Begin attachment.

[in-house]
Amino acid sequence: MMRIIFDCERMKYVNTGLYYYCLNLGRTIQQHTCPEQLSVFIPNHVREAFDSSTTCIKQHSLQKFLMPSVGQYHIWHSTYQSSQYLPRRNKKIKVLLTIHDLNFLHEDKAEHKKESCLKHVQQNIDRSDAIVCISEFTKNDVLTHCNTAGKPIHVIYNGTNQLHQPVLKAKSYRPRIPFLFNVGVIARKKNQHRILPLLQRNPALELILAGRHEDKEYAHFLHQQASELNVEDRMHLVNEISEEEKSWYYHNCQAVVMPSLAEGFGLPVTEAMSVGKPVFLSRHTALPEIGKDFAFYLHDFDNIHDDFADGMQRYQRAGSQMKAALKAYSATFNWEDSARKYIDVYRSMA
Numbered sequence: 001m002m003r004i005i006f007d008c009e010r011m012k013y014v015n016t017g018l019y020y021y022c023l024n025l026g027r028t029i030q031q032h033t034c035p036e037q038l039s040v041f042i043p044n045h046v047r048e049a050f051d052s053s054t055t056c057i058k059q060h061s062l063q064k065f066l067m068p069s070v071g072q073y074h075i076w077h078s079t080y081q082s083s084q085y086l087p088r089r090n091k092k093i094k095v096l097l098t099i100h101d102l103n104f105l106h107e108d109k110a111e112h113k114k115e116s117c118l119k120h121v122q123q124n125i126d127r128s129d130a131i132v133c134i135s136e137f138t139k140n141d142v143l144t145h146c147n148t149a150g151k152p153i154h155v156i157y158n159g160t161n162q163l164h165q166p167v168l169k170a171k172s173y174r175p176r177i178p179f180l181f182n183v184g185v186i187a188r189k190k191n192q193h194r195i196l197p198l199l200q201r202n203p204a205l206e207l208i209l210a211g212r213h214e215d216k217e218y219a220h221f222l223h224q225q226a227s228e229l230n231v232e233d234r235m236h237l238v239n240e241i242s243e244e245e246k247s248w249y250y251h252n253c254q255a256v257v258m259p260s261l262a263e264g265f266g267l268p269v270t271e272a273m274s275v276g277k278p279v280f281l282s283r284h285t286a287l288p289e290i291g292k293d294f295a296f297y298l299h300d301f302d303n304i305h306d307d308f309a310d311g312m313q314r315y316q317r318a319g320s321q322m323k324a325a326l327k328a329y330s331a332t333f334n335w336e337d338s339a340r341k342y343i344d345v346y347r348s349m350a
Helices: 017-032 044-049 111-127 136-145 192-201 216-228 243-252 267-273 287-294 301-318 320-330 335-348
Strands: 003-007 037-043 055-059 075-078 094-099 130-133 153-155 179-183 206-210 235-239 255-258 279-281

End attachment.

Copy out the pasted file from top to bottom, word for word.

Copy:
[in-house]
Amino acid sequence: MMRIIFDCERMKYVNTGLYYYCLNLGRTIQQHTCPEQLSVFIPNHVREAFDSSTTCIKQHSLQKFLMPSVGQYHIWHSTYQSSQYLPRRNKKIKVLLTIHDLNFLHEDKAEHKKESCLKHVQQNIDRSDAIVCISEFTKNDVLTHCNTAGKPIHVIYNGTNQLHQPVLKAKSYRPRIPFLFNVGVIARKKNQHRILPLLQRNPALELILAGRHEDKEYAHFLHQQASELNVEDRMHLVNEISEEEKSWYYHNCQAVVMPSLAEGFGLPVTEAMSVGKPVFLSRHTALPEIGKDFAFYLHDFDNIHDDFADGMQRYQRAGSQMKAALKAYSATFNWEDSARKYIDVYRSMA
Numbered sequence: 001m002m003r004i005i006f007d008c009e010r011m012k013y014v015n016t017g018l019y020y021y022c023l024n025l026g027r028t029i030q031q032h033t034c035p036e037q038l039s040v041f042i043p044n045h046v047r048e049a050f051d052s053s054t055t056c057i058k059q060h061s062l063q064k065f066l067m068p069s070v071g072q073y074h075i076w077h078s079t080y081q082s083s084q085y086l087p088r089r090n091k092k093i094k095v096l097l098t099i100h101d102l103n104f105l106h107e108d109k110a111e112h113k114k115e116s117c118l119k120h121v122q123q124n125i126d127r128s129d130a131i132v133c134i135s136e137f138t139k140n141d142v143l144t145h146c147n148t149a150g151k152p153i154h155v156i157y158n159g160t161n162q163l164h165q166p167v168l169k170a171k172s173y174r175p176r177i178p179f180l181f182n183v184g185v186i187a188r189k190k191n192q193h194r195i196l197p198l199l200q201r202n203p204a205l206e207l208i209l210a211g212r213h214e215d216k217e218y219a220h221f222l223h224q225q226a227s228e229l230n231v232e233d234r235m236h237l238v239n240e241i242s243e244e245e246k247s248w249y250y251h252n253c254q255a256v257v258m259p260s261l262a263e264g265f266g267l268p269v270t271e272a273m274s275v276g277k278p279v280f281l282s283r284h285t286a287l288p289e290i291g292k293d294f295a296f297y298l299h300d301f302d303n304i305h306d307d308f309a310d311g312m313q314r315y316q317r318a319g320s321q322m323k324a325a326l327k328a329y330s331a332t333f334n335w336e337d338s339a340r341k342y343i344d345v346y347r348s349m350a
Helices: 017-032 044-049 111-127 136-145 192-201 216-228 243-252 267-273 287-294 301-318 320-330 335-348
Strands: 003-007 037-043 055-059 075-078 094-099 130-133 153-155 179-183 206-210 235-239 255-258 279-281